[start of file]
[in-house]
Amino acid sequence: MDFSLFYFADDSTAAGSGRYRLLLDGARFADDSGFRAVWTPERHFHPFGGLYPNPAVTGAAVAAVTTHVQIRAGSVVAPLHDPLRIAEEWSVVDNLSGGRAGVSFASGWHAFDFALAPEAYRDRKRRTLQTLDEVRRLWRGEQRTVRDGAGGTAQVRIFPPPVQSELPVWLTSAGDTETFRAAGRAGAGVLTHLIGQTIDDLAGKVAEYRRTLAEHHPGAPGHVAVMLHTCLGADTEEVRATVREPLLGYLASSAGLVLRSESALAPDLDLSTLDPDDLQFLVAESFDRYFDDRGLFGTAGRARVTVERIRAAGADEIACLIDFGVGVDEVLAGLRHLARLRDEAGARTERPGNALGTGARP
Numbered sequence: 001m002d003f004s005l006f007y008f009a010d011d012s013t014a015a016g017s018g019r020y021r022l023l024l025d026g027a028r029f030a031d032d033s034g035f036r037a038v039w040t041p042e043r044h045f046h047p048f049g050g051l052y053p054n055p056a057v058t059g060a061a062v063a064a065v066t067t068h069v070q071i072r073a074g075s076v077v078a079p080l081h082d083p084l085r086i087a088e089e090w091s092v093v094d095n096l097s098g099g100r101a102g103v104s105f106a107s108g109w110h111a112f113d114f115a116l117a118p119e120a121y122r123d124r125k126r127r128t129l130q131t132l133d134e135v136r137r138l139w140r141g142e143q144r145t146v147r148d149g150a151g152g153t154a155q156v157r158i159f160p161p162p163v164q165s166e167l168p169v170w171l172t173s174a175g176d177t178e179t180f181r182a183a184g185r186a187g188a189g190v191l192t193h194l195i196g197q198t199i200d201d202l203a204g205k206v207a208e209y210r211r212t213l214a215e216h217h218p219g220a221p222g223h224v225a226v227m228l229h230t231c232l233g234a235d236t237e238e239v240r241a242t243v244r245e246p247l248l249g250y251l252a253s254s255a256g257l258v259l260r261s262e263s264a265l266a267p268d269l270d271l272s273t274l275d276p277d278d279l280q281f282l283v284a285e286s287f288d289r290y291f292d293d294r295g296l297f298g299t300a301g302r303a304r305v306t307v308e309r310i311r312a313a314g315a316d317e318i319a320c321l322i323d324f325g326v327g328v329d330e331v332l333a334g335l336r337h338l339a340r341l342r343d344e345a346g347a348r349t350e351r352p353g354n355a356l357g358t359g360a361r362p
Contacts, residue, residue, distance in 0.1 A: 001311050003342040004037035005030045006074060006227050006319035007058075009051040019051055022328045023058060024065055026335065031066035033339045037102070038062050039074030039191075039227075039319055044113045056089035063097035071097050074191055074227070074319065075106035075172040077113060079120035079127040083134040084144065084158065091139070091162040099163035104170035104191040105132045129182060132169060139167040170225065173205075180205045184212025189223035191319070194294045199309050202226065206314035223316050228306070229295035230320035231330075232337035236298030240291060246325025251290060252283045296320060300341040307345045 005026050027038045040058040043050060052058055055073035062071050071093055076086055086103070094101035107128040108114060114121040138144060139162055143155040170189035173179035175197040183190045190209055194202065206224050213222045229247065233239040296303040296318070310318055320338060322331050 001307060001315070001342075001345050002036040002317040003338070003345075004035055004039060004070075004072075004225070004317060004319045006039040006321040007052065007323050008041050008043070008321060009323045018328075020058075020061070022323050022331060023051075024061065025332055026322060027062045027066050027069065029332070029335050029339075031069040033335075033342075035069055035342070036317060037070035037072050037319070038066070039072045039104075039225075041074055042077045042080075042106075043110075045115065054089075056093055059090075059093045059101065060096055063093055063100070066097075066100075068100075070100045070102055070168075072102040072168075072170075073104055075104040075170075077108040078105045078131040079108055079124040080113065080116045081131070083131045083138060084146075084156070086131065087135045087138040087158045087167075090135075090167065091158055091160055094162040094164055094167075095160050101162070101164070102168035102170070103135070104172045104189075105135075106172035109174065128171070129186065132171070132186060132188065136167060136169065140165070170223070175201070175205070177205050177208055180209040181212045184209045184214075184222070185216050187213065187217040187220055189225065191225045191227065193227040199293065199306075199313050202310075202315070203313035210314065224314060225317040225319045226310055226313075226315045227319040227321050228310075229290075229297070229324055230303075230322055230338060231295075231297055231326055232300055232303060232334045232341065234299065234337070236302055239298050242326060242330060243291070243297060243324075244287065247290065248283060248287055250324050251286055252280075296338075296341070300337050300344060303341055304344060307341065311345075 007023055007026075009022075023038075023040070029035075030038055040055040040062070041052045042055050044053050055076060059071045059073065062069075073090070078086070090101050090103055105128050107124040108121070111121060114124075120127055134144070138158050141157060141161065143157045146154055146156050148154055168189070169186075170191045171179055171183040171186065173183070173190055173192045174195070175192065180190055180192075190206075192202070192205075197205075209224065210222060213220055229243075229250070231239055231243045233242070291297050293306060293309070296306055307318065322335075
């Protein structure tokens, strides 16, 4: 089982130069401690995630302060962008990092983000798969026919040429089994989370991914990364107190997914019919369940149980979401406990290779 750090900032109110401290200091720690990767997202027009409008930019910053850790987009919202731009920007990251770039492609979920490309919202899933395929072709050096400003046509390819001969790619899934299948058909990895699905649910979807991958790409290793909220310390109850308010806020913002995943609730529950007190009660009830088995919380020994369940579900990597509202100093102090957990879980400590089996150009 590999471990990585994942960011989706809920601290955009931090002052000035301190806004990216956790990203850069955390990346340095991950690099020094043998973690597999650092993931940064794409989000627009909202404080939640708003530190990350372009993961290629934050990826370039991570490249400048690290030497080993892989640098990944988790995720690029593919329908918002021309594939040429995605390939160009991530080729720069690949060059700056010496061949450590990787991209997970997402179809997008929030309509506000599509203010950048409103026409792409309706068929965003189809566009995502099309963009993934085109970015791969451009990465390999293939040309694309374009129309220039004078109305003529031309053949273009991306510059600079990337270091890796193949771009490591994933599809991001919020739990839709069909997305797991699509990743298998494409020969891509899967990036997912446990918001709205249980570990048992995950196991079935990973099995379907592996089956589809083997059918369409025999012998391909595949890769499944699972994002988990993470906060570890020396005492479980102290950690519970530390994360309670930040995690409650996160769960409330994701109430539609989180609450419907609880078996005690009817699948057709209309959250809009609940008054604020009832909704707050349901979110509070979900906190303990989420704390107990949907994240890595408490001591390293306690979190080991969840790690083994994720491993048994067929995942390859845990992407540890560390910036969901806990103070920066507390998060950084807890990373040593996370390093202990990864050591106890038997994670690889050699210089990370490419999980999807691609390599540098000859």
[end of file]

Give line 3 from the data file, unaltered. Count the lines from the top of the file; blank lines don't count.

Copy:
Numbered sequence: 001m002d003f004s005l006f007y008f009a010d011d012s013t014a015a016g017s018g019r020y021r022l023l024l025d026g027a028r029f030a031d032d033s034g035f036r037a038v039w040t041p042e043r044h045f046h047p048f049g050g051l052y053p054n055p056a057v058t059g060a061a062v063a064a065v066t067t068h069v070q071i072r073a074g075s076v077v078a079p080l081h082d083p084l085r086i087a088e089e090w091s092v093v094d095n096l097s098g099g100r101a102g103v104s105f106a107s108g109w110h111a112f113d114f115a116l117a118p119e120a121y122r123d124r125k126r127r128t129l130q131t132l133d134e135v136r137r138l139w140r141g142e143q144r145t146v147r148d149g150a151g152g153t154a155q156v157r158i159f160p161p162p163v164q165s166e167l168p169v170w171l172t173s174a175g176d177t178e179t180f181r182a183a184g185r186a187g188a189g190v191l192t193h194l195i196g197q198t199i200d201d202l203a204g205k206v207a208e209y210r211r212t213l214a215e216h217h218p219g220a221p222g223h224v225a226v227m228l229h230t231c232l233g234a235d236t237e238e239v240r241a242t243v244r245e246p247l248l249g250y251l252a253s254s255a256g257l258v259l260r261s262e263s264a265l266a267p268d269l270d271l272s273t274l275d276p277d278d279l280q281f282l283v284a285e286s287f288d289r290y291f292d293d294r295g296l297f298g299t300a301g302r303a304r305v306t307v308e309r310i311r312a313a314g315a316d317e318i319a320c321l322i323d324f325g326v327g328v329d330e331v332l333a334g335l336r337h338l339a340r341l342r343d344e345a346g347a348r349t350e351r352p353g354n355a356l357g358t359g360a361r362p